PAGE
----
Scheduling, and the judge overseeing the case, have changed since the process of publishing a previous article. The trial would now be on September 9, 2013, if I have heard correctly.
Share count is an issue. SmartMetric may have completed a discussed private placement to Halcyon Cabot Partners in order to fund manufacturing of a product. In response to questioning about the stock's listing, the CEO indicates that net worth would have to increase in order to explore opportunities. Thus, further dilution beyond the current 127 million outstanding shares (Yahoo Finance shows 133.53 million) needs to occur in order to trade on an exchange such as the Nasdaq. There is also some talk about warrants at the end of the recording.
Again, my own new questions have not been addressed. I am concerned about the '464 patent, the only one being asserted against two gigantic corporations that just about anyone identifies with payment technology. The patent's fifth claim appears to be unique in describing a chip and memory component in a card. As a familiar party, this is my assessment: without Claim 5 there is no case. It could be a sexy story that results in investors wishing it was even tawdry.
Weight might be given to the judgment of a patent attorney, and SmartMetric has had top counsel on the matter. To my knowledge, Patrick Bright of Wagner, Anderson, & Bright is still in charge of its case. Strangely, the web site for the law firm does not list any other lawyer. My searching has resulted in finding a Roy L. Anderson, who is a highly regarded intellectual property attorney, and has been listed as belonging to the firm. However, it seems that he has his own web site and office. His involvement, if any, is unknown, as is any role for a Wagner.
As an example of patent trial risk, consider VirnetX, a company known for its volatile stock and courtroom successes. Cisco Systems, Inc. (CSCO) recently defended itself, in a plaintiff-friendly court and against VirnetX's terrific legal team, and VHC dropped 53% as a result.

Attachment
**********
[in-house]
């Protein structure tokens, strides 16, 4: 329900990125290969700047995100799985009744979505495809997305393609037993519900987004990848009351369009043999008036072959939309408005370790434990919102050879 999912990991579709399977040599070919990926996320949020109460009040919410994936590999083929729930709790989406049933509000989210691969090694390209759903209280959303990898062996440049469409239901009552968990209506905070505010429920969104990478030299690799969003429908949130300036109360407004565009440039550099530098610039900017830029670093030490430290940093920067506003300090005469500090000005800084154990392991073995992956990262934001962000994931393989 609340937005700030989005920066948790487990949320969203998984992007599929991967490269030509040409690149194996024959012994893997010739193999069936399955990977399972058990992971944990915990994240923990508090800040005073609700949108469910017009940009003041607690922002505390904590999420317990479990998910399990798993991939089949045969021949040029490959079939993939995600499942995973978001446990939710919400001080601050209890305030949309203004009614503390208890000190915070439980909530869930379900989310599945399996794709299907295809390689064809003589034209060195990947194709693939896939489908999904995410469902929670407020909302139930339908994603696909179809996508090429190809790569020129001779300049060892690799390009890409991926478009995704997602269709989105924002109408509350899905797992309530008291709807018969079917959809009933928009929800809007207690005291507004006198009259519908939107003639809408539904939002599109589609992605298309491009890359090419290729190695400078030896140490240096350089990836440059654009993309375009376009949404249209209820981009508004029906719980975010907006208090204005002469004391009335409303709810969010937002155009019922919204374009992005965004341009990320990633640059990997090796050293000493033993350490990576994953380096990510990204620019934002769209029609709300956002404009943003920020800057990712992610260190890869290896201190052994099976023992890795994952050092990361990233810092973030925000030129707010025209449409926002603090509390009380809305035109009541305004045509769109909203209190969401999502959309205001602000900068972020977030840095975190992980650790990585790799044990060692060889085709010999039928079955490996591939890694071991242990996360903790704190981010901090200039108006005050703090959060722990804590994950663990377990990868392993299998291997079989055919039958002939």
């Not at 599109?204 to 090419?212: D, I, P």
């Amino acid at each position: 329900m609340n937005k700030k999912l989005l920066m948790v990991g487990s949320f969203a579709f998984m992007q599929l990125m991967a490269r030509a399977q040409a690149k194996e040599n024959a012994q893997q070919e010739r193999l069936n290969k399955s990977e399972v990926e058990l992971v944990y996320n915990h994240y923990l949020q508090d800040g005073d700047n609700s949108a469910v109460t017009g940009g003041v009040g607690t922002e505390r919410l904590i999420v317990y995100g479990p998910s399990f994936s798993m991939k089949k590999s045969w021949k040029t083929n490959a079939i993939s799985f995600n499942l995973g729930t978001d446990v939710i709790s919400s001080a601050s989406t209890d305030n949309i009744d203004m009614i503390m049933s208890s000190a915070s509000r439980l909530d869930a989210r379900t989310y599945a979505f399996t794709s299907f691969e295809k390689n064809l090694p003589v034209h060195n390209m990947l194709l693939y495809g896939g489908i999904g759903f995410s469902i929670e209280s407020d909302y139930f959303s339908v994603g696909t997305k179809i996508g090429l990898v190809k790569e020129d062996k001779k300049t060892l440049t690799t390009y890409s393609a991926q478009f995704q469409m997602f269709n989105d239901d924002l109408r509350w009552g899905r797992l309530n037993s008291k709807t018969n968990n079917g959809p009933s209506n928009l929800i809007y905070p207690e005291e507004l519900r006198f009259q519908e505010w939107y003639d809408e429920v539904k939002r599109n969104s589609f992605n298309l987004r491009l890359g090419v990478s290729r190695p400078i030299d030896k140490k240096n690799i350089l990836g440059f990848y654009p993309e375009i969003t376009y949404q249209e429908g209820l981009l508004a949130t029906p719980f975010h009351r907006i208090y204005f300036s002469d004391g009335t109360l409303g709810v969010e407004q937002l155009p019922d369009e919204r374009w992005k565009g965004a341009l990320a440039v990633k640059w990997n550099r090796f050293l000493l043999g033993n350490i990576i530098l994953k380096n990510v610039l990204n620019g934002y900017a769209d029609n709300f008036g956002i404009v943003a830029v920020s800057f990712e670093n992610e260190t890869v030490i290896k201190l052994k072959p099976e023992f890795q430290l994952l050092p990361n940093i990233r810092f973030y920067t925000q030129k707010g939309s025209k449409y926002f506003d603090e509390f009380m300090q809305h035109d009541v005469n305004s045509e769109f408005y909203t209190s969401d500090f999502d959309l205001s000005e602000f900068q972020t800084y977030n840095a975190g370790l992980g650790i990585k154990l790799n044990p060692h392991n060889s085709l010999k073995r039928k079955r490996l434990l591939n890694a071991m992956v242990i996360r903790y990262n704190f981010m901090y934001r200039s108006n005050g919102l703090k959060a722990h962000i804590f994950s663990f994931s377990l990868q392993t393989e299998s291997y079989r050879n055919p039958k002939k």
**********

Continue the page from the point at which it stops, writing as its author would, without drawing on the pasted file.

Though VirnetX still has remarkable intellectual property and potential to monetize it, specifying when its stock price should go no lower is not easy. I think it would be a strong buy at $15.60, or 15x estimated 2014 earnings, in consideration of its consensus 15% five year growth rate, debt-free balance sheet, and consistent results. It can probably be rated a buy at current prices. Referencing the chart above, VHC is within one standard deviation of its 20 day simple moving average (Red "SMA" line), graphically shown by the light blue-shaded Bollinger Bands.
Meanwhile, Visa and MasterCard should save billions each year if Hendrick is right. Analysts already recommend each company's stock overwhelmingly. Indeed, bountiful earnings, strong balance sheets, rewards for shareholders, and solid prospects for growth are attributed to them both. Unlocking shareholder value through EMV would be a boon.
Near Field Communications ("NFC"), a technology that allows for contactless payments, is another pertinent topic. Security is a thorny issue for such payment systems. It is widely rumored that the next iPhone is going to implement it in combination with a fingerprint reader. Perhaps if there is a chance to inquire in the future, Hendrick could provide insight into NFC's use. She has briefly mentioned it already during a "Stock Talk Live" presentation in January. Safety is not the only problem, however: a company such as Apple may not want to offer consumers a new feature if there is nowhere to use it. If I buy the next new iPhone, the ability to wave it in front of a payment reading device would be important.
Merchants' need to upgrade their machines is obvious. It is the time frame that is not certain. It would make sense for them to implement readers that accept magnetic striped cards, NFC and EMV. Plenty of companies offer such products, one example is VeriFone Systems, Inc.'s (PAY) VX 820.
SmartMetric has a chance at being awarded the largest sum ever for a patent infringement claim. In large part, it is a gamble on the abilities and conviction of an attorney. The health records product could also be a success. While it may offer substantial upside, parlous risk is the certainty for its shareholders. Visa, MasterCard, Acacia Research and perhaps even VirnetX are similar and safer for investors.